Johns Hopkins Medicine. After 12 years of tracking it, researchers found that there was a considerable impact on brain health in adults with mild to severe hearing loss. For example:
- The risk of dementia is doubled in individuals with only minor hearing loss
- Somebody with a severe hearing impairment has five times the risk of getting dementia
- The risk is triple for people with moderate loss of hearing
The study revealed that when somebody suffers from hearing loss, their brain atrophies faster. The brain has to work harder to do things like maintaining balance, and that puts stress on it that can lead to damage.
Also, quality of life is affected. Stress and anxiety are more likely in a person who can’t hear well. They are also prone to depression. All these things add up to higher medical expenses.
The Newest Study
The newest research published November in the Journal of the American Medical Association (JAMA) shows that not getting your hearing loss checked is a budget buster, also. This research was also led by researchers from Johns Hopkins in collaboration with AARP, the University of California San Francisco and Optum Labs.
77,000 to 150,000 patients who had untreated hearing loss were analyzed. People with normal hearing generated 26 percent less health care costs compared to people who were recently diagnosed with hearing loss.
As time goes by, this number continues to increase. Healthcare expenses increase by 46 percent after a ten year period. When you break those numbers down, they average $22,434 per person.
Some factors that are involved in the increase are:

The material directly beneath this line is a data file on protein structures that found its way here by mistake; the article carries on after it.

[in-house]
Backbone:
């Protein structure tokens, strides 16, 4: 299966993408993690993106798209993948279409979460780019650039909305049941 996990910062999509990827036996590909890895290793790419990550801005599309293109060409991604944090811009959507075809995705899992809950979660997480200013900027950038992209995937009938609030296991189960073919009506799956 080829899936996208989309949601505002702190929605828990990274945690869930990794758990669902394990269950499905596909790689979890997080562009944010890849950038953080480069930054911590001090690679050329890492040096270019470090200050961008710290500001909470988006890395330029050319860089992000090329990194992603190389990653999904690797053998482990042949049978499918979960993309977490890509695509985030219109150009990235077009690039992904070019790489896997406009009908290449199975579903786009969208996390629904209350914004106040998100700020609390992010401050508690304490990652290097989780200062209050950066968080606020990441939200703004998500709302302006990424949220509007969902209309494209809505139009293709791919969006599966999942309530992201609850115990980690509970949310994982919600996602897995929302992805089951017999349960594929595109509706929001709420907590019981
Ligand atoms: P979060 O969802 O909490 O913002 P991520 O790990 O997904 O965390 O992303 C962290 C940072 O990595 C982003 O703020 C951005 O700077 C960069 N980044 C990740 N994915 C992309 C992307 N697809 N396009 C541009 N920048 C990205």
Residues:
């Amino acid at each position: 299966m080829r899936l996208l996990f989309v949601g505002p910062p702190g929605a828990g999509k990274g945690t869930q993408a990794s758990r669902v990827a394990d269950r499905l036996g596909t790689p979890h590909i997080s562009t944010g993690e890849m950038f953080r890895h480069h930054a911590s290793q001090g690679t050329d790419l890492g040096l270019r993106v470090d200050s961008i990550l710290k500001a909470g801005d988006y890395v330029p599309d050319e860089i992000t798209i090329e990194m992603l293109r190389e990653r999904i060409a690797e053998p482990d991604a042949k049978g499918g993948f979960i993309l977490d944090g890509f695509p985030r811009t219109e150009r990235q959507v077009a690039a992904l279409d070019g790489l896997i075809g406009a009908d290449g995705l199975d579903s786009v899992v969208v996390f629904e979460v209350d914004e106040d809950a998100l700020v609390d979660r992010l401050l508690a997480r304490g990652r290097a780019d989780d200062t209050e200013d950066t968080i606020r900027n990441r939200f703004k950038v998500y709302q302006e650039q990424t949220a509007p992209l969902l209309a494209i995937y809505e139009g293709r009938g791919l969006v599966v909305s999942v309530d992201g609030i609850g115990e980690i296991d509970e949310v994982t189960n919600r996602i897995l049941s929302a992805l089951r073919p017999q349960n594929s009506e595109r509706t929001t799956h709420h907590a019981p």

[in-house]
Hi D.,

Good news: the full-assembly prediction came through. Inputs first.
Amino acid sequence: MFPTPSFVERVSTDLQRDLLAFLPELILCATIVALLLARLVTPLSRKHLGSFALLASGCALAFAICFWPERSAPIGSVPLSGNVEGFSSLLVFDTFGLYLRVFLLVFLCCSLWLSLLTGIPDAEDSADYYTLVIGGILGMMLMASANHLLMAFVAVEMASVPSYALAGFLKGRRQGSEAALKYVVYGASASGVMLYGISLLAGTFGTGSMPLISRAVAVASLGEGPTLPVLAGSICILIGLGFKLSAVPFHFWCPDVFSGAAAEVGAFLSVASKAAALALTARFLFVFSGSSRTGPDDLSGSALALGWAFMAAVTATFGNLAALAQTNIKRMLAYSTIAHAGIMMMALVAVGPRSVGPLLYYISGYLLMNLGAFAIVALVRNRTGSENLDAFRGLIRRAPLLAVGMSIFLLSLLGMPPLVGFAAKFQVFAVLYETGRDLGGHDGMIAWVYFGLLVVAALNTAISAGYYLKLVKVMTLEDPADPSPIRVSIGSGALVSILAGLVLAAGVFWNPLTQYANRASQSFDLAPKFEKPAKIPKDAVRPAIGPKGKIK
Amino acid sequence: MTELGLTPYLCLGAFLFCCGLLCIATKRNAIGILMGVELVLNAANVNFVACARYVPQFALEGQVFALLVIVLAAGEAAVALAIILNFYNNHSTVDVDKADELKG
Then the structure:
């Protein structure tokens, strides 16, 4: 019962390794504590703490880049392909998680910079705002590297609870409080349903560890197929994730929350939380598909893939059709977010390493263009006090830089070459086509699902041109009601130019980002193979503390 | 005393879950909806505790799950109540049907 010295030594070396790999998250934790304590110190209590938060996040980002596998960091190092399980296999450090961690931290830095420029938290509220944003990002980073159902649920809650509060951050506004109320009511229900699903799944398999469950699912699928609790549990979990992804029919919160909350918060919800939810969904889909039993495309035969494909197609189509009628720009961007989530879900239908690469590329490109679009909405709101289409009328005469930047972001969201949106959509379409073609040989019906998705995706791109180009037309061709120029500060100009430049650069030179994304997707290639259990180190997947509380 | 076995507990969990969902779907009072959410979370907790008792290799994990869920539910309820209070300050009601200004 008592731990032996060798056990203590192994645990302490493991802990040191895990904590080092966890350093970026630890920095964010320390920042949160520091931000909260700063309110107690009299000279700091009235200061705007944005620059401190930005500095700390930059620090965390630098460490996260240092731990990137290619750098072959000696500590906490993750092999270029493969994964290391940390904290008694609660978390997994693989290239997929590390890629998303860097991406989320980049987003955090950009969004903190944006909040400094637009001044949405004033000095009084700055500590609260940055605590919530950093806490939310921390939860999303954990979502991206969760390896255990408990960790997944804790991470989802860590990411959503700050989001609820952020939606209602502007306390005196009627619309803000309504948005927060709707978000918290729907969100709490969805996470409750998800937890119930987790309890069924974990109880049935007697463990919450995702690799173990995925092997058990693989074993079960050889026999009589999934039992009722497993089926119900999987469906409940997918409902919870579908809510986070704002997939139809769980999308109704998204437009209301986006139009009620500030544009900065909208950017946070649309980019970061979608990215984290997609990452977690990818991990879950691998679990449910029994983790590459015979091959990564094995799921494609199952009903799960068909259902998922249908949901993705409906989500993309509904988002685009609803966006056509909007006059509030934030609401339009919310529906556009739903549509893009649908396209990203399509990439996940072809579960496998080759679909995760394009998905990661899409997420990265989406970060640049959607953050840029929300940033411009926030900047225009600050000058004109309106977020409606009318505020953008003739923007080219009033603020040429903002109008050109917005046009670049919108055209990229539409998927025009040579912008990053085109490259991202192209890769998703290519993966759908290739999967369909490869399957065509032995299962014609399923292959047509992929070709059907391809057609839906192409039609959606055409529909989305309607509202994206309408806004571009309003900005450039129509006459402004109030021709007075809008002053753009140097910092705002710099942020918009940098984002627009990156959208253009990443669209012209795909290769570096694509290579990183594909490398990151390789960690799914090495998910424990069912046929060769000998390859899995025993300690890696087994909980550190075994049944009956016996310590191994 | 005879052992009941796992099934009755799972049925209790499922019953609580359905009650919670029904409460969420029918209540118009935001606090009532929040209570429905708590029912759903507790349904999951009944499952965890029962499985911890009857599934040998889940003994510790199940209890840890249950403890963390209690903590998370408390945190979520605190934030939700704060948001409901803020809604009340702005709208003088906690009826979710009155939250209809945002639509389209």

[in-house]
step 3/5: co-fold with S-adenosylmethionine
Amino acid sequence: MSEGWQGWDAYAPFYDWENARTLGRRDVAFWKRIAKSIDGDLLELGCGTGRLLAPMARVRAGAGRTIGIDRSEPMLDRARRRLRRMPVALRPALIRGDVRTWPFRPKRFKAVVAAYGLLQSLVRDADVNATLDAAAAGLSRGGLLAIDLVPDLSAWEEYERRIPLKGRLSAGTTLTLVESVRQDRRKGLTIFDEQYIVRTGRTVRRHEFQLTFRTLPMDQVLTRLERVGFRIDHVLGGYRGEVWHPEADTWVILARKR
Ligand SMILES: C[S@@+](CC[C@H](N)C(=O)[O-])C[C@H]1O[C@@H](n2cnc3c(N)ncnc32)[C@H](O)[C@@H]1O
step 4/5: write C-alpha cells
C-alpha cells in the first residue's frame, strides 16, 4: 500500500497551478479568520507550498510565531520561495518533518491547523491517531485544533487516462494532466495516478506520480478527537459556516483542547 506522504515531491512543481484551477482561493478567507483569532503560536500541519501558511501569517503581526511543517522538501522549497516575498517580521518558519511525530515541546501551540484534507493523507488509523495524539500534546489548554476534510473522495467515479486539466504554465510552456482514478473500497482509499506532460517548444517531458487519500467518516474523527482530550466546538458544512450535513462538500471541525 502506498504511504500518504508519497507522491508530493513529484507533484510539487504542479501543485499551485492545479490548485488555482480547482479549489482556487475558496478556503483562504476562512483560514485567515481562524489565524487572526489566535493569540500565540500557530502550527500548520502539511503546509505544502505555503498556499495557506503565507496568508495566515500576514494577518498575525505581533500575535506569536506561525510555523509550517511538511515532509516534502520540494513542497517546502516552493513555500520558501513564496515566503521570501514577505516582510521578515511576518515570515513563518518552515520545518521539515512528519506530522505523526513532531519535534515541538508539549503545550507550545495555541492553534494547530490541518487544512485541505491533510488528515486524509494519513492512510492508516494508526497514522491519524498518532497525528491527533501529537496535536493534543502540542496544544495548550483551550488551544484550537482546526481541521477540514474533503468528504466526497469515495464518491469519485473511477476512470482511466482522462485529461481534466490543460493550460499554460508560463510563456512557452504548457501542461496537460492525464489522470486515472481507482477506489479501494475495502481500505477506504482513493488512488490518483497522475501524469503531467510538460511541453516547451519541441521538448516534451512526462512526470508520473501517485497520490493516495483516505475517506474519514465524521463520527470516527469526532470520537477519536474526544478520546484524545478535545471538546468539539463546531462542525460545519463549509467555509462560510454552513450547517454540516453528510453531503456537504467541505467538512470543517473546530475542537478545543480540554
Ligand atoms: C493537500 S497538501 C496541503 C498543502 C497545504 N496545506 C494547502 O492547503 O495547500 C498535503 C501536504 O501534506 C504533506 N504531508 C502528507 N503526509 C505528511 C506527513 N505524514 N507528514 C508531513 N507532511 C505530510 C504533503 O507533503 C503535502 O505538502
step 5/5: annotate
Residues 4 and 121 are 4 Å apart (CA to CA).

- Decline of cognitive ability
- Lower quality of life
A second associated study done by Bloomberg School indicates a connection between untreated hearing loss and higher mortality. They also found that people with untreated hearing loss had:
- 3.6 more falls
- In the course of ten years, 3.2 more cases of dementia
- 6.9 more diagnoses of depression
Those numbers correlate with the research by Johns Hopkins.
Hearing Loss is Increasing
According to the National Institute of Deafness and Other Communication Disorders:
- The basic act of hearing is hard for about 15 percent of young people aged 18
- Up to 8.5 percent of 55-to-64-year-olds have loss of hearing
- About 2 percent of individuals aged 45 to 54 are noticeably deaf
- Currently, between two and three out of every 1,000 children has hearing loss
The number rises to 25 percent for people aged 65 to 74 and 50 percent for anybody over the age of 74. Over time, those figures are expected to go up. As many as 38 million individuals in this country may have hearing loss by the year 2060.
Using hearing aids can alter these numbers, though, which the study doesn’t indicate. What they do recognize is that wearing hearing aids can prevent some of the health problems associated with hearing loss. Further research is required to determine if using hearing aids lowers the cost of healthcare. It seems obvious there are more reasons to use them than not. Make an appointment with a hearing care expert to see if hearing aids are right for you.